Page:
These Adventure-filled Wine Regions Are Worth Adding to Your Travel List
Heart-pumping thrills are popping up in places better known for their pours.
Editor’s Note: Travel might be complicated right now, but use our inspirational trip ideas to plan ahead for your next bucket list adventure.
Some of the world’s most renowned wine regions are now capitalizing on their natural assets to offer a dose of adrenaline alongside tastings of Prosecco and Pinot Noir. “Wine country often has the perfect climate for outdoor activities,” says Simon Scutt, managing director of On Foot Holidays, which organizes walking trips in Europe. “And of course wine is an excellent refreshment at the end of an energetic day.”
This sun-soaked province famed for its Malbec also has top-notch rafting. The intimate Cavas Wine Lodge can organize trips. Doubles from $1,700, all-inclusive.
Margaret River, Australia
Known for its Cabernet Sauvignon, this remote wine region along the Indian Ocean draws surfers, too. The waterfront Smiths Beach Resort is within a short drive of 20 wineries. Doubles from $162.
The cypress-and-lavender-covered foothills of the Vaucluse Mountains make for scenic — and strenuous — hiking, on a route that On Foot Holidays has mapped through villages such as Le Barroux, Gigondas, and Mazan. Four-day trips from $1,000.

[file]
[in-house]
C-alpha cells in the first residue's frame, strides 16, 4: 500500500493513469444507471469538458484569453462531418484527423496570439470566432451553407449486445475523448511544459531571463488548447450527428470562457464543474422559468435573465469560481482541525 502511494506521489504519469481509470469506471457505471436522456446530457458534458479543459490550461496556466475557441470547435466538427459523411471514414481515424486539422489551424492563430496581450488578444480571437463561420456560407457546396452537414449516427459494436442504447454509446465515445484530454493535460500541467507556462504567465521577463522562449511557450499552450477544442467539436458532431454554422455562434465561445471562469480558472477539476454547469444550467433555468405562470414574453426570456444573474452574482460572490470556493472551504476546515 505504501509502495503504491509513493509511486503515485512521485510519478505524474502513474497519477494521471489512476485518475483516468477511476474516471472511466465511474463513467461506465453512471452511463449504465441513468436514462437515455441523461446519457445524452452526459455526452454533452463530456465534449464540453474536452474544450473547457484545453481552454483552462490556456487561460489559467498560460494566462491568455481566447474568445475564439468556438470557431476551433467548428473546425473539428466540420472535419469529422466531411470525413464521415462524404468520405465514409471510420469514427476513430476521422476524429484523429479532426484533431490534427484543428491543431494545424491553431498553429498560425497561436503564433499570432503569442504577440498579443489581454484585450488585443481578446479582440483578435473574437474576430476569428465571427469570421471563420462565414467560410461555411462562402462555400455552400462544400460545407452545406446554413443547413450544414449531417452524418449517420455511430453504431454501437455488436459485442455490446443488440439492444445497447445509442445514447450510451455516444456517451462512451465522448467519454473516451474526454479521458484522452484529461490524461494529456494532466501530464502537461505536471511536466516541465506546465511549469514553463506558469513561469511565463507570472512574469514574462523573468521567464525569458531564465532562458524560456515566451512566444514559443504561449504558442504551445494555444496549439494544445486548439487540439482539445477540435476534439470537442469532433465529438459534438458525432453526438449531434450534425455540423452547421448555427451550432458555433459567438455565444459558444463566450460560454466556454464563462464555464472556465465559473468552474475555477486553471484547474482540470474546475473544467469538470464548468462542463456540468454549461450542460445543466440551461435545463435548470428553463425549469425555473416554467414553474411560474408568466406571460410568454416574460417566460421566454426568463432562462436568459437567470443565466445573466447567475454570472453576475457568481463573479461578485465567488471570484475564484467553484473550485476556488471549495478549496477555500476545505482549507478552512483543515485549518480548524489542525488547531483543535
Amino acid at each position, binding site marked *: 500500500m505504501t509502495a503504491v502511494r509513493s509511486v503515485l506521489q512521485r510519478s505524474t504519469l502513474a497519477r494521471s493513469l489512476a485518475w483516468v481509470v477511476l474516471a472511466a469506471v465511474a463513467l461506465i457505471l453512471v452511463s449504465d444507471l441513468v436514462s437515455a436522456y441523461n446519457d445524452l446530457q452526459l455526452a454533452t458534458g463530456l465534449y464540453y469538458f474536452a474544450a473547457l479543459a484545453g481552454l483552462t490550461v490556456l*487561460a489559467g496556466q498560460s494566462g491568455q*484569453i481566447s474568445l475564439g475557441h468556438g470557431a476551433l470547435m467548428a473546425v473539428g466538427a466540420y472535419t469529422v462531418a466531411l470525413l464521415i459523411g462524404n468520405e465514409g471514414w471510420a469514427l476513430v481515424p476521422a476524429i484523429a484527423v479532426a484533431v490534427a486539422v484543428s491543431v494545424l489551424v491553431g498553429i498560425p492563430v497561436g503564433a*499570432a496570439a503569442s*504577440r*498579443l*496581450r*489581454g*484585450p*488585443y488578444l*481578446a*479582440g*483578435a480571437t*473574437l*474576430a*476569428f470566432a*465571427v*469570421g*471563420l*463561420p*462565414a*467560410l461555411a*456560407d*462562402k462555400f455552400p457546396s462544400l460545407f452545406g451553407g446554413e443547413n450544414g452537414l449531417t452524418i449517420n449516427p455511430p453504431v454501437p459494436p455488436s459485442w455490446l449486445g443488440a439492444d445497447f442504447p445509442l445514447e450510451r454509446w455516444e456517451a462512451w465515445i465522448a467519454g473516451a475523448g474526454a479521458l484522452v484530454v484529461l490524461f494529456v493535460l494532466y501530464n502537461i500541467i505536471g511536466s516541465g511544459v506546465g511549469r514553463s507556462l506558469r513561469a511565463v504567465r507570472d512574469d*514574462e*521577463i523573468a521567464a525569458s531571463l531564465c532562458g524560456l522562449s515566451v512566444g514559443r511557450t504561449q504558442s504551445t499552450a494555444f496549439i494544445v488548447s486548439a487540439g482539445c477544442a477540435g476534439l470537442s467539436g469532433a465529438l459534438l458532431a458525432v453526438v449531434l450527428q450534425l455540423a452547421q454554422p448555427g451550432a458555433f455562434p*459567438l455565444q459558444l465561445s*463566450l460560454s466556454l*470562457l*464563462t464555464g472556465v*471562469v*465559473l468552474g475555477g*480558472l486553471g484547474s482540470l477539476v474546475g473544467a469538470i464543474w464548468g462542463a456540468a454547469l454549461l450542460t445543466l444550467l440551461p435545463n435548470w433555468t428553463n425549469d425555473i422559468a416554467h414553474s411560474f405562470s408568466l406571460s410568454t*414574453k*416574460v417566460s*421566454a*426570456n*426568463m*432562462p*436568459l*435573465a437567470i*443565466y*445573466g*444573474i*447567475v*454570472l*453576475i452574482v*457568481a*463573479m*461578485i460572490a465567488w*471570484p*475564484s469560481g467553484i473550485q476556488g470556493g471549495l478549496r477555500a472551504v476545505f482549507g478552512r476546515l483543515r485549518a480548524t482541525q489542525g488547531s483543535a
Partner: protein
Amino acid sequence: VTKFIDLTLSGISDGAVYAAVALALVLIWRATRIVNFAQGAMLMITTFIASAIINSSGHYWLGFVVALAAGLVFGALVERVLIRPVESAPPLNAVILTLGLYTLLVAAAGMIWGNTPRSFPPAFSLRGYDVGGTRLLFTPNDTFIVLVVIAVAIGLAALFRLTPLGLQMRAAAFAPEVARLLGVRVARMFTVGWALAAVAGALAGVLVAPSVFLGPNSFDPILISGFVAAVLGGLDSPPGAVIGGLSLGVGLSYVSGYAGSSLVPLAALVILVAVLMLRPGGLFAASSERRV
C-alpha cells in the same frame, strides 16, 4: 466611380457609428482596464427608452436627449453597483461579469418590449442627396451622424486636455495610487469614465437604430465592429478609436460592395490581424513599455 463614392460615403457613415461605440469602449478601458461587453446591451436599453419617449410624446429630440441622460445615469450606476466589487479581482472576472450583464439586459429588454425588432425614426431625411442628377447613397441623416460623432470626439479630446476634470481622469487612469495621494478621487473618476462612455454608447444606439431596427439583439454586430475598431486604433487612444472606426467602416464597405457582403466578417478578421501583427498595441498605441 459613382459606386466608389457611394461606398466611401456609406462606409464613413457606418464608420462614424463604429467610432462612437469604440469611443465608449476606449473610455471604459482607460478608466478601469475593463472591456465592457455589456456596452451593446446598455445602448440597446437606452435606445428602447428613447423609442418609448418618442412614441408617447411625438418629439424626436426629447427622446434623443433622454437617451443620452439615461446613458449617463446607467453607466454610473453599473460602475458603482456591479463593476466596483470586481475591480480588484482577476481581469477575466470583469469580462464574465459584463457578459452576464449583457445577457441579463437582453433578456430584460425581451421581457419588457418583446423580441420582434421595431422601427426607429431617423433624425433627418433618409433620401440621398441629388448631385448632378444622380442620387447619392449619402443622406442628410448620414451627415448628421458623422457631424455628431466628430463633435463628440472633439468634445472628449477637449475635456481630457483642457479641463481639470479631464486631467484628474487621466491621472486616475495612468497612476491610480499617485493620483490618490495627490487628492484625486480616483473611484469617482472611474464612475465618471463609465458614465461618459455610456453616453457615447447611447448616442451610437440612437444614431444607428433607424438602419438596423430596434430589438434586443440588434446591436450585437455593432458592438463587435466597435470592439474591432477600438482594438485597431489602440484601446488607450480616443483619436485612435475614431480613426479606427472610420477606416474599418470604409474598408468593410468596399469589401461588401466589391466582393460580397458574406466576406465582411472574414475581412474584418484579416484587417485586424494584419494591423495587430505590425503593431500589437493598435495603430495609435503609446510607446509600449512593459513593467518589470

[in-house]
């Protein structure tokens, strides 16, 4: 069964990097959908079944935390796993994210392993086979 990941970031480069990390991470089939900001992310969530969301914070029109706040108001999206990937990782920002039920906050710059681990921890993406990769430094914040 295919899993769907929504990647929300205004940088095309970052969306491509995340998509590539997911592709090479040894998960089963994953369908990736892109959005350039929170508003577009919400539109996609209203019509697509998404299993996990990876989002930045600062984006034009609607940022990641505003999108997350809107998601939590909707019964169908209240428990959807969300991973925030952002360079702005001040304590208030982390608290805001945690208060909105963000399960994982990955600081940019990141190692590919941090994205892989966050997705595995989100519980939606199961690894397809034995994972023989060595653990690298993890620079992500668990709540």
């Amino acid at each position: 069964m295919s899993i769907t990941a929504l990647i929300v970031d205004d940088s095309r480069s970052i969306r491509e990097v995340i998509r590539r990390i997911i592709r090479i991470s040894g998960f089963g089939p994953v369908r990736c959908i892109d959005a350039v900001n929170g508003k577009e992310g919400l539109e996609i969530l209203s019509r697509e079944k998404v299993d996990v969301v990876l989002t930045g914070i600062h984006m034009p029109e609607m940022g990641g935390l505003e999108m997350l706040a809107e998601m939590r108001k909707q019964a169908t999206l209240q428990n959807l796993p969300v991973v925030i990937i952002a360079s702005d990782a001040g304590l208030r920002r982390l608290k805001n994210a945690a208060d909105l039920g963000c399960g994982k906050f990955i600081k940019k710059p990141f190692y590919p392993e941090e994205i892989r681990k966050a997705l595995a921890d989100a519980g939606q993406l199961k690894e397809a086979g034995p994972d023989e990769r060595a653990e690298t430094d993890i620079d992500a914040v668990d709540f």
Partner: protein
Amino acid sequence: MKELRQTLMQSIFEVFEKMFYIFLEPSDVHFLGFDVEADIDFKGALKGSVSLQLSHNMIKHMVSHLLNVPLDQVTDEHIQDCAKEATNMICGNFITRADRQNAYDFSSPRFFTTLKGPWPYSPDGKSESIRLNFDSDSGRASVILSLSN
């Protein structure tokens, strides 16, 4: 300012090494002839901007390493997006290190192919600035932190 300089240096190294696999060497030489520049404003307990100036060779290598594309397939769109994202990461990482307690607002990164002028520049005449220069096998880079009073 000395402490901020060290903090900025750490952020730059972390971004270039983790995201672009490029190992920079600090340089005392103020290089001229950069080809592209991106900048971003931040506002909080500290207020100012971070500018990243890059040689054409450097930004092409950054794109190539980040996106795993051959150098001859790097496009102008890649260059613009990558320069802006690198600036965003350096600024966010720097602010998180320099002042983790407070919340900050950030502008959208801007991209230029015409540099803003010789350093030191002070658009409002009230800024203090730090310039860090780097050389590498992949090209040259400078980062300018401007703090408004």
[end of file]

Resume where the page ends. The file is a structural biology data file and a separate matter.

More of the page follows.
Hood River, Oregon
This hip small town and wine region of the same name near Portland have dramatic terrain that attracts hikers, kayakers, and even windsurfers, who catch breezes on the Columbia River. The historic Hood River Hotel is within an hour’s drive of several epic hiking trails. Doubles from $99.
The hills north of Venice are perfect for pedaling, and the outfitter Dolomite Mountains does a weeklong tour punctuated by stops at wineries such as Marchiori and Sorelle Bronca. Seven-day trips from $3,395.
A version of this story first appeared in the July 2020 issue of Travel + Leisure under the headline Go Wine Tasting, but Make It Active.